Tho Swedish expedition . . . found
an intimate agreement between the au
roral spectrum aud that -if tl") bluish
liglit uliout the cathode of a tub'.- containing riirificd oxygen aud nitrogen.
"Tho frequency of polar nuro.ua is
not tl e same at all pon ts of the eatth's
"Study of the auroral spectrum leads
Paulsen to think that auroras result
from pliospuoresence of the air due to
cathouic phenomena taking place in the
upper rarified regions of the atmosphere.
But, as Ar.heuius remarks, this suggestion does not explain the formation of
cathode rays,
"An incontestable fact, derived directly from observation, is that a very
clear parallelism exists between polar
auroras, variations of the magnetic
needle, and the occurrence of sun-spotrf".
... II thus seems natural to seek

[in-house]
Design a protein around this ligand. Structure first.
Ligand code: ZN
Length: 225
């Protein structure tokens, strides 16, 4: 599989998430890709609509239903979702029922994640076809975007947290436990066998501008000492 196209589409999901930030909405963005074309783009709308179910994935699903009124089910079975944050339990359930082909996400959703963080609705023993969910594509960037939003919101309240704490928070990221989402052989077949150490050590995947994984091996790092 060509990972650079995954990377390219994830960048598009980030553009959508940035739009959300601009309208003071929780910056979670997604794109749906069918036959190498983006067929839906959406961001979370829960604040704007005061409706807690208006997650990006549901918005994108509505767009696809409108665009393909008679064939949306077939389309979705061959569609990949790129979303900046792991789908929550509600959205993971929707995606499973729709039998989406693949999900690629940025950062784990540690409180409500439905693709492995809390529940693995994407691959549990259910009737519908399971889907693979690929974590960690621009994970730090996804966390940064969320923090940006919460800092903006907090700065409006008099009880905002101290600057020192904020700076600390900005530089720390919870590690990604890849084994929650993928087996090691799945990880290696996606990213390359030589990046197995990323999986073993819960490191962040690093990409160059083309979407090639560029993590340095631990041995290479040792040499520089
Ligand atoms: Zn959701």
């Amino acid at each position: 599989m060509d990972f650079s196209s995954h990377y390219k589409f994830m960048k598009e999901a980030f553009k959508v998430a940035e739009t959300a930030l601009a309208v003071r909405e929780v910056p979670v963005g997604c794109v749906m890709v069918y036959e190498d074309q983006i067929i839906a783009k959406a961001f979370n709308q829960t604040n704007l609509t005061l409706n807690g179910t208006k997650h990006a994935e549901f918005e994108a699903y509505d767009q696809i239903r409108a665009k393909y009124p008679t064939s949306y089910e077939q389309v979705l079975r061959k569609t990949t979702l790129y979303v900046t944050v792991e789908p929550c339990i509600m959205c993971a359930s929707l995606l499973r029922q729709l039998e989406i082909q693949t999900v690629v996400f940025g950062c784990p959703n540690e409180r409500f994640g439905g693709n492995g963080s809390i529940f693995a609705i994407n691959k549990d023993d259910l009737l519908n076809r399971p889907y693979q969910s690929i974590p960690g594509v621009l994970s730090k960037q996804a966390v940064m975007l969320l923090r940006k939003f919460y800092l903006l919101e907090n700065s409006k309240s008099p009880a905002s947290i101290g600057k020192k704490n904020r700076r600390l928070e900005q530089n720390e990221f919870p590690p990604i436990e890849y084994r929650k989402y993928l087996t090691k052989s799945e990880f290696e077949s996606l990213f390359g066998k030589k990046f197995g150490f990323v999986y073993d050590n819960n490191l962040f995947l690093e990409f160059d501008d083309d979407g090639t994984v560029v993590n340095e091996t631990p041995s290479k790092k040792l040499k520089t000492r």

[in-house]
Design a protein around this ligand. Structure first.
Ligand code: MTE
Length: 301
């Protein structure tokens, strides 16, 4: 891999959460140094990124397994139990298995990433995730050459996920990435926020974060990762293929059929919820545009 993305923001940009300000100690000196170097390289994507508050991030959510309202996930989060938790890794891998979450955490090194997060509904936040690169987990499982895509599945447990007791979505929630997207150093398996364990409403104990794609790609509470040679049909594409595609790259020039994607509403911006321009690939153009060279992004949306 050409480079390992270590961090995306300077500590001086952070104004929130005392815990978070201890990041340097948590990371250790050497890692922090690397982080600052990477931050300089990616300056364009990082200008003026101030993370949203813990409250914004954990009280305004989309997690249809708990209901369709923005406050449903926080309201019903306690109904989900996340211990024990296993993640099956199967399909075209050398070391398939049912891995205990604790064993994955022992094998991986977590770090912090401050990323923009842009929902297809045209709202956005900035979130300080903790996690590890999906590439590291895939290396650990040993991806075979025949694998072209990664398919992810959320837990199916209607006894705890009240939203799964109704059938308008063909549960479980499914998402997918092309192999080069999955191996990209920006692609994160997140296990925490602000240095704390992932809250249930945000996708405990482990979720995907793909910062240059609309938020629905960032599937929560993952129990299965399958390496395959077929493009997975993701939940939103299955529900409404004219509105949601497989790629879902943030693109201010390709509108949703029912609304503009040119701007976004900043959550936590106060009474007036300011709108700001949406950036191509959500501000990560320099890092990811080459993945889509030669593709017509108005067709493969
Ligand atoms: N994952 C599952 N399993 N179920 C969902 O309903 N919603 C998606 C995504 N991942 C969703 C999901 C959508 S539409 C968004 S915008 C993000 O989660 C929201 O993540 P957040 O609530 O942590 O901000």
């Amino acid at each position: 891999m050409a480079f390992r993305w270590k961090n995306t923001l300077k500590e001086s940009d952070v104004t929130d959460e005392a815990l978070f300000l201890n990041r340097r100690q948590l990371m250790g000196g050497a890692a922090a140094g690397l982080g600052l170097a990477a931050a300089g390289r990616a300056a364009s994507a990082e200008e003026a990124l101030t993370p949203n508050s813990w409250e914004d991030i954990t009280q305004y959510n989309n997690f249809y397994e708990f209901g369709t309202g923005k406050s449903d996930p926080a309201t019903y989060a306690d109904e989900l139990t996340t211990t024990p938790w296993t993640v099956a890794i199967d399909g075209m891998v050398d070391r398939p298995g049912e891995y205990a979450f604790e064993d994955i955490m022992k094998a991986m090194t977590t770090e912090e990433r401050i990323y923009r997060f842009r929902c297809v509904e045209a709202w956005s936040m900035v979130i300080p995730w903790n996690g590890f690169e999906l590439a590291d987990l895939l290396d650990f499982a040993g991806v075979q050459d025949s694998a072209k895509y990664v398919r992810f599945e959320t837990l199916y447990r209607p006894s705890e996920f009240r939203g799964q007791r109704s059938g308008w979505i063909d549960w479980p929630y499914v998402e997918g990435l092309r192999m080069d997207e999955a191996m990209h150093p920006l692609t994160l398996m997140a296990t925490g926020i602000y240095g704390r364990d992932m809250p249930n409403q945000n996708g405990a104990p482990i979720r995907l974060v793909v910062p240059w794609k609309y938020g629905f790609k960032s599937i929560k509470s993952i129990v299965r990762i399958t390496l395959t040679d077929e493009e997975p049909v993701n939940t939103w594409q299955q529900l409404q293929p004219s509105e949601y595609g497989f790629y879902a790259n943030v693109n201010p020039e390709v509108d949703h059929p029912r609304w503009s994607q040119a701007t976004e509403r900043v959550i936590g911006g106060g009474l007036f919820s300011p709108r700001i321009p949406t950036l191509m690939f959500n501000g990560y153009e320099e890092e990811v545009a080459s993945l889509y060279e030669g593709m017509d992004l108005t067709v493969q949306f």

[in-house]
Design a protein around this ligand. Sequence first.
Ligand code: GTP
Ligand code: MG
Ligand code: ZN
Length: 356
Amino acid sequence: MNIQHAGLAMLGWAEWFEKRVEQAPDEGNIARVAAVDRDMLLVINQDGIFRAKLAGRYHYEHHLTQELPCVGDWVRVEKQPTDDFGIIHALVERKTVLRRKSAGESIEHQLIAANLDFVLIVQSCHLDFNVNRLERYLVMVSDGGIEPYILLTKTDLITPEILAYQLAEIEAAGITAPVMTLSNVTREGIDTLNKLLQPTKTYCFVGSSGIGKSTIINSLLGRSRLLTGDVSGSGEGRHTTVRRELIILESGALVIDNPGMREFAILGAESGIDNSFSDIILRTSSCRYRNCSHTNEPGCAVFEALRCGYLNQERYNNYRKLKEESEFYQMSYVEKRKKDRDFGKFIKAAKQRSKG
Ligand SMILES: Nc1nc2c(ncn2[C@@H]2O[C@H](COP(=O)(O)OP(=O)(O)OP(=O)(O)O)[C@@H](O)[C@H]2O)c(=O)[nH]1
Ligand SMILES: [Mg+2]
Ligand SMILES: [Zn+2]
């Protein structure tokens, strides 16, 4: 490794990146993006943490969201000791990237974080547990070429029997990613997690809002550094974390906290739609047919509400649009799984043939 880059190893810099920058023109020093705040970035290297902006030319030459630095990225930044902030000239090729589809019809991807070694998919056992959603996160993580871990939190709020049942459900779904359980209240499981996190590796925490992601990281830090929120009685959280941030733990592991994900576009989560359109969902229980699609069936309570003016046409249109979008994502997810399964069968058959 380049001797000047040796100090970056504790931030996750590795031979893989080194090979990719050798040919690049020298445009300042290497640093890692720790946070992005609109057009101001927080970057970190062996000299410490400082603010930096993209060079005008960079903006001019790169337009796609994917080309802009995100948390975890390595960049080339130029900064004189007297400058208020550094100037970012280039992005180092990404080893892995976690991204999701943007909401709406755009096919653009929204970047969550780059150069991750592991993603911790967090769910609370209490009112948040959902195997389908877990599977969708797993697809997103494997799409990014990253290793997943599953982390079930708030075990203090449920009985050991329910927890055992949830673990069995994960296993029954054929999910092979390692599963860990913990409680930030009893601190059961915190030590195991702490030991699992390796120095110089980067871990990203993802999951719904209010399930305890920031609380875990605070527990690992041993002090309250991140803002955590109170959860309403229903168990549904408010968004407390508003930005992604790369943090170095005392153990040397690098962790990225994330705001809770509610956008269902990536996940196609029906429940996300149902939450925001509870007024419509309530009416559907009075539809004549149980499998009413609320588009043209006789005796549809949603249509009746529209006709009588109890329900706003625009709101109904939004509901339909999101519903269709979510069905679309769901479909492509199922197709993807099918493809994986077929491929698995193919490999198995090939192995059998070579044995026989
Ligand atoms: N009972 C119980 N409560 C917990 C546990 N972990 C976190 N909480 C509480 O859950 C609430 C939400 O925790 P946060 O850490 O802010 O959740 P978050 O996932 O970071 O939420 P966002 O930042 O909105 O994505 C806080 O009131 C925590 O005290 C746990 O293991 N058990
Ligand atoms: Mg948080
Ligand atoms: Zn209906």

the explanation of the two former iu
a direct action of the central star of
our system. Ingenious hypotheses have
been put forward along this line. Uut
nlthough the conuci-tiim would appear
very probable, it is doubtless more com
tilex than a .simple relation of came
and effect, 'lhe mechanism that joins
the magnetic variations and the polar
auroras to those of the solar activity
itself (not to some of its manifestations,
such ns spots, i'uculae, or protuberances.
as has been attempted) has nut yel
stood out from au investigation of the
facts hitherto known, and remains
shrouded in mystery."
Home of the Humorous theories that
havo been advanced are briefly summarized by Mr. Lolfol. Arrhenius supposes
that eruptions id' ionized gas take place
from the huu nml that condensation
takes place around the negative particles, which are then repelled from the
sun and begin to emit cathode rays
when they enter our atmosphere; but
these do not become visible until they
reach uir of sufficient density, whicli
they do at tho poles because the terrestrial lines of force conduct tbem
thither. Others, such as Deslandres
aud Birkeland, ussert that the sun's
atmosphere itself gives off eathodie